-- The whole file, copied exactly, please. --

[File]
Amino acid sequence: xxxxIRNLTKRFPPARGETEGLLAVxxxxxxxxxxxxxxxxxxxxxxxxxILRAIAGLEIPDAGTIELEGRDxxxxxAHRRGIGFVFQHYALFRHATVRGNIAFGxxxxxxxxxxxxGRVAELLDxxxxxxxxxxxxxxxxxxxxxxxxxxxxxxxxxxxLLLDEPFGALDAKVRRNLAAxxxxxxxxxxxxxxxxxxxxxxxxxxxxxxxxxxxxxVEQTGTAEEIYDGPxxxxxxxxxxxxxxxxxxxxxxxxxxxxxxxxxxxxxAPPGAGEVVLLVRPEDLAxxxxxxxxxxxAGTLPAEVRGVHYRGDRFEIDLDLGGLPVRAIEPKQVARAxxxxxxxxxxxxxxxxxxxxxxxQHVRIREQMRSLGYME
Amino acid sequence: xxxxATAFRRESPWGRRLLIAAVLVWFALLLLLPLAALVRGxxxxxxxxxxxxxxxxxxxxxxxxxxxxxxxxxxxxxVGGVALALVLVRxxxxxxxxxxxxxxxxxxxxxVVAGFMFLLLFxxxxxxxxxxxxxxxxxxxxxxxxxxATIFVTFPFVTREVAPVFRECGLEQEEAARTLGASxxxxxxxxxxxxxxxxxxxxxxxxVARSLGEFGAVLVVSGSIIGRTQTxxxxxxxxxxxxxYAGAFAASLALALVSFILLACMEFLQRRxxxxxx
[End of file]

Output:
Amino acid sequence: xxxxIRNLTKRFPPARGETEGLLAVxxxxxxxxxxxxxxxxxxxxxxxxxILRAIAGLEIPDAGTIELEGRDxxxxxAHRRGIGFVFQHYALFRHATVRGNIAFGxxxxxxxxxxxxGRVAELLDxxxxxxxxxxxxxxxxxxxxxxxxxxxxxxxxxxxLLLDEPFGALDAKVRRNLAAxxxxxxxxxxxxxxxxxxxxxxxxxxxxxxxxxxxxxVEQTGTAEEIYDGPxxxxxxxxxxxxxxxxxxxxxxxxxxxxxxxxxxxxxAPPGAGEVVLLVRPEDLAxxxxxxxxxxxAGTLPAEVRGVHYRGDRFEIDLDLGGLPVRAIEPKQVARAxxxxxxxxxxxxxxxxxxxxxxxQHVRIREQMRSLGYME
Amino acid sequence: xxxxATAFRRESPWGRRLLIAAVLVWFALLLLLPLAALVRGxxxxxxxxxxxxxxxxxxxxxxxxxxxxxxxxxxxxxVGGVALALVLVRxxxxxxxxxxxxxxxxxxxxxVVAGFMFLLLFxxxxxxxxxxxxxxxxxxxxxxxxxxATIFVTFPFVTREVAPVFRECGLEQEEAARTLGASxxxxxxxxxxxxxxxxxxxxxxxxVARSLGEFGAVLVVSGSIIGRTQTxxxxxxxxxxxxxYAGAFAASLALALVSFILLACMEFLQRRxxxxxx